Achalasia is a disorder of the esophagus that prevents normal swallowing.
Achalasia affects the esophagus, the tube that carries swallowed food from the back of the throat down into the stomach. A ring of muscle called the lower esophageal sphincter encircles the esophagus just above the entrance to the stomach. This sphincter muscle is normally contracted to close the esophagus.
When the sphincter is closed, the contents of the stomach cannot flow back into the esophagus. Backward flow of stomach contents (reflux) can irritate and inflame the esophagus, causing symptoms such as heartburn. The act of swallowing causes a wave of esophageal contraction called peristalsis. Peristalsis pushes food along the esophagus. Normally, peristalsis causes the esophageal sphincter to relax and allow food into the stomach. In achalasia, which means "failure to relax," the esophageal sphincter remains contracted. Normal peristalsis is interrupted and food cannot enter the stomach.
Achalasia is caused by degeneration of the nerve cells that normally signal the brain to relax the esophageal sphincter. The ultimate cause of this degeneration is unknown. Autoimmune disease or hidden infection is suspected.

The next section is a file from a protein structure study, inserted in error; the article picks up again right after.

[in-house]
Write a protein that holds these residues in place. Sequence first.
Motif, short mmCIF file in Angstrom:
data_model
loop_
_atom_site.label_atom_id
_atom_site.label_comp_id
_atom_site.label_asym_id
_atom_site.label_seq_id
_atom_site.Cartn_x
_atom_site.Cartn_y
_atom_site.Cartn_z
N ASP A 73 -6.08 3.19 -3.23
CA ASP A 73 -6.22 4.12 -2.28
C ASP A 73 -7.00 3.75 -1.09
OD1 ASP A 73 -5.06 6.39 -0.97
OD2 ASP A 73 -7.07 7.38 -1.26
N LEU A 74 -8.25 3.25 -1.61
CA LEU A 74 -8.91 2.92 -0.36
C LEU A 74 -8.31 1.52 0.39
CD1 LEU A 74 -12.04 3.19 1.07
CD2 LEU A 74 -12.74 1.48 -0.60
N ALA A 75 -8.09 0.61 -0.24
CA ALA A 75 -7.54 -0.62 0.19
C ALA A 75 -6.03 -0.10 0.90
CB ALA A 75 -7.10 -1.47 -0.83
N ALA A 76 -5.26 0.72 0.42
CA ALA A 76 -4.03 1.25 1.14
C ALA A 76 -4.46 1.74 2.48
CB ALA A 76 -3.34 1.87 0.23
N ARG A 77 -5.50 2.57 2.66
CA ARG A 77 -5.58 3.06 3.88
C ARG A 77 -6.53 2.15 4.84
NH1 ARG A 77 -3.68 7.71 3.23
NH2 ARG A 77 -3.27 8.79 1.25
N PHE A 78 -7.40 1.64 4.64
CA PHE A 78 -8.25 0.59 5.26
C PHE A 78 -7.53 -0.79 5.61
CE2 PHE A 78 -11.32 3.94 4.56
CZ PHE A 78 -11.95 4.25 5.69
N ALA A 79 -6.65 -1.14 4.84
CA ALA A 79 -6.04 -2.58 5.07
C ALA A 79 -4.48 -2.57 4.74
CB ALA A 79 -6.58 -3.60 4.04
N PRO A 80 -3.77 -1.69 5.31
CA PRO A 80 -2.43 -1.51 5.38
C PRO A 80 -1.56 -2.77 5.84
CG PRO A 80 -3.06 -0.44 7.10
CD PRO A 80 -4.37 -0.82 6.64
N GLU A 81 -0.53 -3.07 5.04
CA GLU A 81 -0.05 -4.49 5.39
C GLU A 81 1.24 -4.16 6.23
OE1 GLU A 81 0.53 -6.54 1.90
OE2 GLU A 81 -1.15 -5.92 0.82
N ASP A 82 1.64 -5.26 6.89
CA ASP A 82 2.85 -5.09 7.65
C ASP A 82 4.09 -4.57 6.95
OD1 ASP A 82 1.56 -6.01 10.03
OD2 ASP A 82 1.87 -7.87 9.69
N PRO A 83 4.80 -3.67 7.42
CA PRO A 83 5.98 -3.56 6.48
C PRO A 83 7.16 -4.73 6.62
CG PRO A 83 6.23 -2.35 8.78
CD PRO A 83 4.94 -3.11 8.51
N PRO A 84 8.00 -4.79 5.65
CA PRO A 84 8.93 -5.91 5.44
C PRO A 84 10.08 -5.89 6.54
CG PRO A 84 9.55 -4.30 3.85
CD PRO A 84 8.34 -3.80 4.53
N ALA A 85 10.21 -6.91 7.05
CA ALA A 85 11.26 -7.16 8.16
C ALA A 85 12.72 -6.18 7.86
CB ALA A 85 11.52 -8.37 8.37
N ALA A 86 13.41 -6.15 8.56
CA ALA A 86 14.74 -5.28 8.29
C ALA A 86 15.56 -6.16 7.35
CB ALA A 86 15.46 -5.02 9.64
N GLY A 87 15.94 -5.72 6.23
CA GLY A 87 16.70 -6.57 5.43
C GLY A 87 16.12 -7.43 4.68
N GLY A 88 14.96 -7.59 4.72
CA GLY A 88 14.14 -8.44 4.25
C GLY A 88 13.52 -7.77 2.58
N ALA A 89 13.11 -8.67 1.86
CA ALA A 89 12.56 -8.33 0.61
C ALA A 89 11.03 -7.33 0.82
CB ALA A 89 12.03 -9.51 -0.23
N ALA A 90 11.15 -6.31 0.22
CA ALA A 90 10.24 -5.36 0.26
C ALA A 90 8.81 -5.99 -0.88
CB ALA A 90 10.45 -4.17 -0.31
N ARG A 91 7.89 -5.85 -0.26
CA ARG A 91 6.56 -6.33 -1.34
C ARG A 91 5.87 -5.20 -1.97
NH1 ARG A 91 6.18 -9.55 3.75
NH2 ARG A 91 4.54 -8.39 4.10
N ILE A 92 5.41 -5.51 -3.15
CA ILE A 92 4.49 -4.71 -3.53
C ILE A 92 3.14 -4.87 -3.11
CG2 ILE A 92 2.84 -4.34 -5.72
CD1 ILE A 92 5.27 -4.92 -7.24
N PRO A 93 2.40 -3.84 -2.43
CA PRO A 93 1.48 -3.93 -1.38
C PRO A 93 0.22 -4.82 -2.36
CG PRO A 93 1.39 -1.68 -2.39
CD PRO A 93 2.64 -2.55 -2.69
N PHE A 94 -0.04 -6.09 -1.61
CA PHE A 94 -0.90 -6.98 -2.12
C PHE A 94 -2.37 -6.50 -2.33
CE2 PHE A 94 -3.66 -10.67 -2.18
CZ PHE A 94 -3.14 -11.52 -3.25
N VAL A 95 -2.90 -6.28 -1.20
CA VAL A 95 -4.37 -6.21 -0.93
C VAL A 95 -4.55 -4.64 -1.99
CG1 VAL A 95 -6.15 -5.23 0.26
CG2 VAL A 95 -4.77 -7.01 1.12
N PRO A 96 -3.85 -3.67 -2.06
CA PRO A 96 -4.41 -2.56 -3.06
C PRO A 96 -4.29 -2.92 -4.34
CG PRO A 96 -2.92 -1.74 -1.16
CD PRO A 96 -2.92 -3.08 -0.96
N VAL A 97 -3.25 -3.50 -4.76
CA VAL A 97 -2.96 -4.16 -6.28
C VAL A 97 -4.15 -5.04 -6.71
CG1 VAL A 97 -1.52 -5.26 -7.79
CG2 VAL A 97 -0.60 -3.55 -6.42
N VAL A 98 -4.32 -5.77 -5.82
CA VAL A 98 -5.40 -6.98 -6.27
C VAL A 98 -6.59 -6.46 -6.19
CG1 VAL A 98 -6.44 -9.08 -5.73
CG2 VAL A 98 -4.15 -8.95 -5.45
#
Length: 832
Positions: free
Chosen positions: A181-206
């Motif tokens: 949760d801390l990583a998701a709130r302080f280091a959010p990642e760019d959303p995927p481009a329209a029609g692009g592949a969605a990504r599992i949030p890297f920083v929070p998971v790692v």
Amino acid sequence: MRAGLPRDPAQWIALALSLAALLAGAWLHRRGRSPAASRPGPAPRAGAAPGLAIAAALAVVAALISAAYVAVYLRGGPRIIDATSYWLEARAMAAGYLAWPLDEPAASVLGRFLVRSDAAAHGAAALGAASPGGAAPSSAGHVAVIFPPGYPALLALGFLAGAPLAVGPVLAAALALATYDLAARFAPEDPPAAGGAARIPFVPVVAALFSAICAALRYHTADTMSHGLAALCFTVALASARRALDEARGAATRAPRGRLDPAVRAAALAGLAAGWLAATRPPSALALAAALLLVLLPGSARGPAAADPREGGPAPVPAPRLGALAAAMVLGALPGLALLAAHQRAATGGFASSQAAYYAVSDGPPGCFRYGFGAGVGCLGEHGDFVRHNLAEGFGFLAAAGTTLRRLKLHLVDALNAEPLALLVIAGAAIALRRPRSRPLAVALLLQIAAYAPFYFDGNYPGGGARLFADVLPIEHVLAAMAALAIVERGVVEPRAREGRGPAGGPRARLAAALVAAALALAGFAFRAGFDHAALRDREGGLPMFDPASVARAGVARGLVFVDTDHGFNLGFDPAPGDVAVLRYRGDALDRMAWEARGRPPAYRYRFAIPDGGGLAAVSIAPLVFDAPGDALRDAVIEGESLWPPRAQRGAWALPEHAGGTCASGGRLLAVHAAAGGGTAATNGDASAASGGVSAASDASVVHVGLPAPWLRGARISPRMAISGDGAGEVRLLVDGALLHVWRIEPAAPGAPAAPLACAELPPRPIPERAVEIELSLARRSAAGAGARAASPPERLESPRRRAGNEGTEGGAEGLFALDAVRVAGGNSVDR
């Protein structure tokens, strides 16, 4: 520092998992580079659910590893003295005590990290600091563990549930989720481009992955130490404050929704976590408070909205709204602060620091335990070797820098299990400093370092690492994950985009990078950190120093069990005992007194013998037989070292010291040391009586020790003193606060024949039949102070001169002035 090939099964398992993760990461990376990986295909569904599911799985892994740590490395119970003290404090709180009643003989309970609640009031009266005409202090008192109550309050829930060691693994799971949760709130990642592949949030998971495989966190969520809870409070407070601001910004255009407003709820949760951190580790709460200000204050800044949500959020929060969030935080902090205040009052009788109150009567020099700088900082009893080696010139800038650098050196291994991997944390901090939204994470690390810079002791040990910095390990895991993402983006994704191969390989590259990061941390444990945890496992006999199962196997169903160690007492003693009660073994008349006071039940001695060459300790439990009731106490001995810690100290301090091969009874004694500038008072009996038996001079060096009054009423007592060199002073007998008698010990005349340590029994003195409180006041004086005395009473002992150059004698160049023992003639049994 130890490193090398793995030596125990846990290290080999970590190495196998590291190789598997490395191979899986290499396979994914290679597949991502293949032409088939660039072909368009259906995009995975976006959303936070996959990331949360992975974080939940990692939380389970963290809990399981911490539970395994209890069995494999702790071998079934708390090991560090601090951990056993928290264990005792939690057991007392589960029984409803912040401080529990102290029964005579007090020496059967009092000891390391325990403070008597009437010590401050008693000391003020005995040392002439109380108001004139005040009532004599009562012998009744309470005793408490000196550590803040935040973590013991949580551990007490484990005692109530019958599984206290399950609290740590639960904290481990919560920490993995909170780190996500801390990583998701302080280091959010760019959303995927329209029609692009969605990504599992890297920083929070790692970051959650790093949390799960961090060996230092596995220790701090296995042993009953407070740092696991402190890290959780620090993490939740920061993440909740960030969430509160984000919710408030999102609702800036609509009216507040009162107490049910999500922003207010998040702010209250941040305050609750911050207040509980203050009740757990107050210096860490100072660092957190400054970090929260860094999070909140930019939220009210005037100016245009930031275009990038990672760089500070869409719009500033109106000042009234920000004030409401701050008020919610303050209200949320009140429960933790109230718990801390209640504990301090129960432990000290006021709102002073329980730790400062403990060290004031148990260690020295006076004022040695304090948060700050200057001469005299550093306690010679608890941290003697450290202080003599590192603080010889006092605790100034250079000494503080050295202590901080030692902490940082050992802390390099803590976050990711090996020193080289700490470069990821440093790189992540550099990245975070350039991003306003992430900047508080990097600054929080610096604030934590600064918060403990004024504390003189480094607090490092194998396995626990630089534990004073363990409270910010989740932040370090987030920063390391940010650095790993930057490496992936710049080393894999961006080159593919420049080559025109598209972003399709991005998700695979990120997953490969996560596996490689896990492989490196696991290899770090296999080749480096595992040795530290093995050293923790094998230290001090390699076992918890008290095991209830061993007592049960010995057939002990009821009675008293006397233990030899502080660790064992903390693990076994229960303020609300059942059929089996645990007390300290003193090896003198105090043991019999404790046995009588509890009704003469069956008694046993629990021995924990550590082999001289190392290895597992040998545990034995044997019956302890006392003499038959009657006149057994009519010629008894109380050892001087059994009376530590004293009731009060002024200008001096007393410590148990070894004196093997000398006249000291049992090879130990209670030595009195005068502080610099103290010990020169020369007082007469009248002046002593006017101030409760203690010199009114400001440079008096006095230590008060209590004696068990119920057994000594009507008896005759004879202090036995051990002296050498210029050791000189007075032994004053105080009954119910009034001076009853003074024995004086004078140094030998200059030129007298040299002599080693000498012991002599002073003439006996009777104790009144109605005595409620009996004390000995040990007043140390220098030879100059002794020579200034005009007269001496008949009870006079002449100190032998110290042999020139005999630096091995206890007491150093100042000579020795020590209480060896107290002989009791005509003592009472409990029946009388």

Dysphagia, or difficulty swallowing, is the most common symptom of achalasia. The person with achalasia usually has trouble swallowing both liquid and solid foods, often feeling that food "gets stuck" on the way down. The person has chest pain that is often mistaken for angina pectoris (cardiac pain). Heartburn and difficulty belching are common. Symptoms usually get steadily worse. Other symptoms may include nighttime cough or recurrent pneumonia caused by food passing into the lower airways.
Diagnosis of achalasia begins with a careful medical history. The history should focus on the timing of symptoms and on eliminating other medical conditions that may cause similar symptoms. Tests used to diagnose achalasia include:
The first-line treatment for achalasia is balloon dilation. In this procedure, an inflatable membrane or balloon is passed down the esophagus to the sphincter and inflated to force the sphincter open. Dilation is effective in about 70% of patients.
Three other treatments are used for achalasia when balloon dilation is inappropriate or unacceptable.
Most patients with achalasia can be treated effectively. Achalasia does not reduce life expectancy unless esophageal carcinoma develops.
There is no known way to prevent achalasia.